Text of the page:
As I said, this film is a mess. Watching it (and this is the second time I've done so, neither time I truly enjoyed) I kept wondering when the film would pick up, when we'd get to the monster, when anything would happen. This film crafted such a long and detailed back-story but none of it really made sense and all it did was serve to pad out a film that was, really, about 45 minutes long when it actually focused on the true main characters. The entire first half of the film is entirely filler.
That's not to say there isn't an interesting germ of a story here. If the movie had focused on the beggar (who maybe could have been a werewolf himself before getting captured by the Marques), his attack of the mute girl, his horror at what he'd done, and then (because she'd was scratched and bitten) her revenge against the Marques, his wife, all his guards, and everyone else that ever crossed her, that could have been an interesting movie. She's mute and powerless until the Curse of the Werewolf (TM) gave her the power to fight back. Then it's not 45 minutes of padding, it's an actual interesting story from the bones of the long intro.
Had that story worked you could then set it up that maybe she was wounded in her escape from the castle after killing everyone off, and in the last part of the last act she's gives birth out in the woods and the Don finds her, near death, and he takes the boy as his own. That could setup a sequel focused on Leon and continue the arc (maybe into a series of films where the Curse is passed from parent to child, down through the ancestry). That's certainly better than this rote and shallow story that ends right as it starts to finally get good.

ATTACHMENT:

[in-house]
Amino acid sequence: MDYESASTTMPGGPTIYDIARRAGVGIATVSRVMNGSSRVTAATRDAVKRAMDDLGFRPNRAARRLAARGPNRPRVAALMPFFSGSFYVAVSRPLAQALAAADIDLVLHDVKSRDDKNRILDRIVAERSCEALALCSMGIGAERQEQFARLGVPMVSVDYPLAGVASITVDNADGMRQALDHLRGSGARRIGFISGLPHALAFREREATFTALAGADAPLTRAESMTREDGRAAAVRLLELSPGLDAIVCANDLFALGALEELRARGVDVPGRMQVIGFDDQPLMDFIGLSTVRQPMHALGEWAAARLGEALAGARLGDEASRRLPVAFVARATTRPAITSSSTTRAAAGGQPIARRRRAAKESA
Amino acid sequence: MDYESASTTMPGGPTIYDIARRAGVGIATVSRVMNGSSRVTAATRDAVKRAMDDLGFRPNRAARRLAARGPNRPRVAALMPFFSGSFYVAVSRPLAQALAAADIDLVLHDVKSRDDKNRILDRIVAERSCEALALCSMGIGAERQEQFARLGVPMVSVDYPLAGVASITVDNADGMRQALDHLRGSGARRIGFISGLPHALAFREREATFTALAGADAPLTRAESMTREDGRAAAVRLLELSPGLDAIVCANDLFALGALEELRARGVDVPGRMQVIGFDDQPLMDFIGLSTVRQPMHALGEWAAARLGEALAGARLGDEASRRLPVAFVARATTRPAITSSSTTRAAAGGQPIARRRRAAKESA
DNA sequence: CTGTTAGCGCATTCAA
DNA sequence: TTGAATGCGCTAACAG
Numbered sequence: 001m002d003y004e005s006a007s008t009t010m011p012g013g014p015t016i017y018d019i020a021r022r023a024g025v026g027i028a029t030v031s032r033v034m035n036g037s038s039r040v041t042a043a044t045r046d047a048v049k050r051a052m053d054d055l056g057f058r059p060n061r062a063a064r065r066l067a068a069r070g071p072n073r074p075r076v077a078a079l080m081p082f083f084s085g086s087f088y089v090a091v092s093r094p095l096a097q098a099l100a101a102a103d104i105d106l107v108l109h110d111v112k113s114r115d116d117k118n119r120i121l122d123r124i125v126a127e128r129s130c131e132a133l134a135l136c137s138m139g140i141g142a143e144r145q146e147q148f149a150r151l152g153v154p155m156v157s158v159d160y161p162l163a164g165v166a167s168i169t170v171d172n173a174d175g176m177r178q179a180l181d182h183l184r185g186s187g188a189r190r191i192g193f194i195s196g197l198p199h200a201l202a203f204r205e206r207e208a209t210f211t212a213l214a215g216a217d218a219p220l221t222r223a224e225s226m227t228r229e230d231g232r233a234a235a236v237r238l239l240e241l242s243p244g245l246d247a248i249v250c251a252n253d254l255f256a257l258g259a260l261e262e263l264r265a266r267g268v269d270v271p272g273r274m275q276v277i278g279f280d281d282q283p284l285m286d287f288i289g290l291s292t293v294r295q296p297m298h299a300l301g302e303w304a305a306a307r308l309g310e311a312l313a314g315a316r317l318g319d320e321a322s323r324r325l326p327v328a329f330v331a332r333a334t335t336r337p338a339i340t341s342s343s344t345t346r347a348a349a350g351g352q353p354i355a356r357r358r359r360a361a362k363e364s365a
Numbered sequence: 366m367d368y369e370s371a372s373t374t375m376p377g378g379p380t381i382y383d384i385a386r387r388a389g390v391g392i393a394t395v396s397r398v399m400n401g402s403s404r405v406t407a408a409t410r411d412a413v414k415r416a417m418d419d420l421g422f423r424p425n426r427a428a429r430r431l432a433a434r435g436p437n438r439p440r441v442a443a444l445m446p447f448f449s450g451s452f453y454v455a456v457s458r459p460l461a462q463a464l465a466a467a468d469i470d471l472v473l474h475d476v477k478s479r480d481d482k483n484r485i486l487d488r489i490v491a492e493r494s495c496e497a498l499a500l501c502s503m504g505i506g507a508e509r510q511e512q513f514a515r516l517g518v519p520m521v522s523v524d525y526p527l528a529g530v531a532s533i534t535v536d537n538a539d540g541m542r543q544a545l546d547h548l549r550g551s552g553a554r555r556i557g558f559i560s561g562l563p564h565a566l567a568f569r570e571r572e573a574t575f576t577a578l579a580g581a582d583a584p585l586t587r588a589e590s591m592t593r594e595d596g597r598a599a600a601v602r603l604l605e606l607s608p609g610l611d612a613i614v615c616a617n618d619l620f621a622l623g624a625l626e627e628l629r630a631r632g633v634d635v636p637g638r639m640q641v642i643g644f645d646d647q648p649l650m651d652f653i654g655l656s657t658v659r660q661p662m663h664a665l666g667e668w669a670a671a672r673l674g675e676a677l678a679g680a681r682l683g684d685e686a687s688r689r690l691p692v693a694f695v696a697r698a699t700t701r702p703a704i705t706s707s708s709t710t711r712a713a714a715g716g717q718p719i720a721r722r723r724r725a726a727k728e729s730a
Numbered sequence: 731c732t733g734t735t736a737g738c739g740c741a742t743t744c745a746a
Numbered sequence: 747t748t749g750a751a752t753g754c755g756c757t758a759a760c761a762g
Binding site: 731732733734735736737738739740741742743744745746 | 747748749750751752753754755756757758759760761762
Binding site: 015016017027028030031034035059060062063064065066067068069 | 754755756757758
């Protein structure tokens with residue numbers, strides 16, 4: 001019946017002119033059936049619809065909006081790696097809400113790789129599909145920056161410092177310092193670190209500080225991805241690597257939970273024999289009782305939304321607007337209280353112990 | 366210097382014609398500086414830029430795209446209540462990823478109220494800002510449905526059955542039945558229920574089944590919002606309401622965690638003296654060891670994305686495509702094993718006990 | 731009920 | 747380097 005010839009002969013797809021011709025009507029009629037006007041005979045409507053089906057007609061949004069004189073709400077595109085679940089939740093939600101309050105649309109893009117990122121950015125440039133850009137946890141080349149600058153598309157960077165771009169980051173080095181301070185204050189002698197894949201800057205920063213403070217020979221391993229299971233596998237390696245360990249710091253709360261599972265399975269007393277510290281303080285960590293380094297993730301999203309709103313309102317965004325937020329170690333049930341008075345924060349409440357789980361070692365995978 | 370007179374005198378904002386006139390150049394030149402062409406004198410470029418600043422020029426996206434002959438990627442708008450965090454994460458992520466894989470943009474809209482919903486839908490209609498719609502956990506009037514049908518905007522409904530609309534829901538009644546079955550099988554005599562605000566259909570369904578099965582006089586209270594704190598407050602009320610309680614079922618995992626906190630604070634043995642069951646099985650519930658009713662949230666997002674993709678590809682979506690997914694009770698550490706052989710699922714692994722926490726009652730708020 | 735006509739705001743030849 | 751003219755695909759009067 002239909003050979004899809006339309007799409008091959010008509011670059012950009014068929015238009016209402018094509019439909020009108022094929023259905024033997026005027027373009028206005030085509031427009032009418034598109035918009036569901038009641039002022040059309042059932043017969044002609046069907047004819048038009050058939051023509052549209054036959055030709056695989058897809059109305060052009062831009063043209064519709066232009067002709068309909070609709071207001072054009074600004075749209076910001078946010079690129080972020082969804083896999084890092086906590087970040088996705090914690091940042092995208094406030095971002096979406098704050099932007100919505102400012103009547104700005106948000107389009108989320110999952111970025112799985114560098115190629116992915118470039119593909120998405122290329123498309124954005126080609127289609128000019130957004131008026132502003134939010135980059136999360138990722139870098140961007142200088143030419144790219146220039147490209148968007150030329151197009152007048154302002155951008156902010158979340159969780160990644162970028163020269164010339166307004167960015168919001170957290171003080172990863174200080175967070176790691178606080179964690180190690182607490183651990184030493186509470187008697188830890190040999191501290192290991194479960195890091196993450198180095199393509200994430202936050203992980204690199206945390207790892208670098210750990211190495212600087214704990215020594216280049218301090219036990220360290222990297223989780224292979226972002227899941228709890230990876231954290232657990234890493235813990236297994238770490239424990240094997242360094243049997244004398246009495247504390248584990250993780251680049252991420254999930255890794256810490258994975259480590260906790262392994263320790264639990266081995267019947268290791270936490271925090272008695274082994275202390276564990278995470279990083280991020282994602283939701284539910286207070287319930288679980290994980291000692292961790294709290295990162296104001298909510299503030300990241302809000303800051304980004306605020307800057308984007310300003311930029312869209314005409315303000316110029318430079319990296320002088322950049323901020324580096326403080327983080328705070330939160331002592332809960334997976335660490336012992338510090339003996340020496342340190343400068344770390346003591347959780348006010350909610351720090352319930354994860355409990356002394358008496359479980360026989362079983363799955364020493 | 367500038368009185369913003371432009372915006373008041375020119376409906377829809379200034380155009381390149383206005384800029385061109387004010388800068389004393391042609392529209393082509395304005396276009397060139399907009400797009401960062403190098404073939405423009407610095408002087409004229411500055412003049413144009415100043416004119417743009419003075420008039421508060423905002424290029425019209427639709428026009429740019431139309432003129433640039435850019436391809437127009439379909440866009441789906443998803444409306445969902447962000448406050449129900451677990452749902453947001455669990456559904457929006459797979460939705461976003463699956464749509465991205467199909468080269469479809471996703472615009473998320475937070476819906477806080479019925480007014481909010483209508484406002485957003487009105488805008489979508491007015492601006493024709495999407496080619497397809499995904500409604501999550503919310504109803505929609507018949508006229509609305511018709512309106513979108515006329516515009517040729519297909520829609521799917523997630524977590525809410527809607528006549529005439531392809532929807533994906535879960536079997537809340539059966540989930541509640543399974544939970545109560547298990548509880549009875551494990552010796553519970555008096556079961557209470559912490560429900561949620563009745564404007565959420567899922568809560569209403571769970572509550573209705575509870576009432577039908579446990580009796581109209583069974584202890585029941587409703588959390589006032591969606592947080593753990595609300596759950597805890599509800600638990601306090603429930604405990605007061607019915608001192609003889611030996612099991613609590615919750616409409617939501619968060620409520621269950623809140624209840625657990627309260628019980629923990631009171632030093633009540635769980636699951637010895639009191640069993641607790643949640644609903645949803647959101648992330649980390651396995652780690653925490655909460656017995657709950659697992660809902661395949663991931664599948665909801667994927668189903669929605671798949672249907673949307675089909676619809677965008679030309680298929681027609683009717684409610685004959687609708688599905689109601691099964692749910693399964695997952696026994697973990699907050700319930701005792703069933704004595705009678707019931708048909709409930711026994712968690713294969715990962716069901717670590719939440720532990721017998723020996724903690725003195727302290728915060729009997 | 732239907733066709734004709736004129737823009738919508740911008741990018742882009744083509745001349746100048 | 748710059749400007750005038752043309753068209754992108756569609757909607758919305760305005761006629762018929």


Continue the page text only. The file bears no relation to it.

Along with the fact that that story in this film sucks, there's also the fact that none of the events actually make sense. Was the beggar a bit of a lycanthrope all along or was just that because he was caged for so long he became an animal (which he did) and then somehow passed that along to the mute girls son in the womb (which is utterly stupid)? Was it the act of the rape that put a curse on the boy, an evil act that carried with it a pall the boy could never shake? And what specifically was it that caused the curse to subside, only to come back years later? If you can figure any of that out from the movie you've done a better job than I have because the movie is amazingly obtuse about all of it. Clearly they wanted to make their own mythology for the lycanthrope but it just feels like they through everything against the wall to see what stuck and then hand-waved it away after.
Outside the plot the film does have all the standard conventions of a Hammer film you want to praise: solid acting (for what little characters are given), great costumes, good sets, and solid effects. But the fact is that the movie uses all of this to dress up a bare-bones story with no substance. It's great looking but, under the surface, there's just nothing there at all to speak of. Hammer has made some terrible monster movies (quite a few from the aforementioned Dracula and Frankenstein canon) but I can't think of any that were this utterly shallow and tedious.
I guess there's a reason Hammer never revisited the Werewolf again. His movie came out early enough in their cycle then could have milked it for a good decade-and-a-half. Instead we had this one film and the concept was never revisited again. Frankly, I'm glad because this was a mess of a film and I'd hate to think how much worse if could have gotten with a slew of inevitable sequels otherwise. Best that this was a one-and-done and never spoken about again.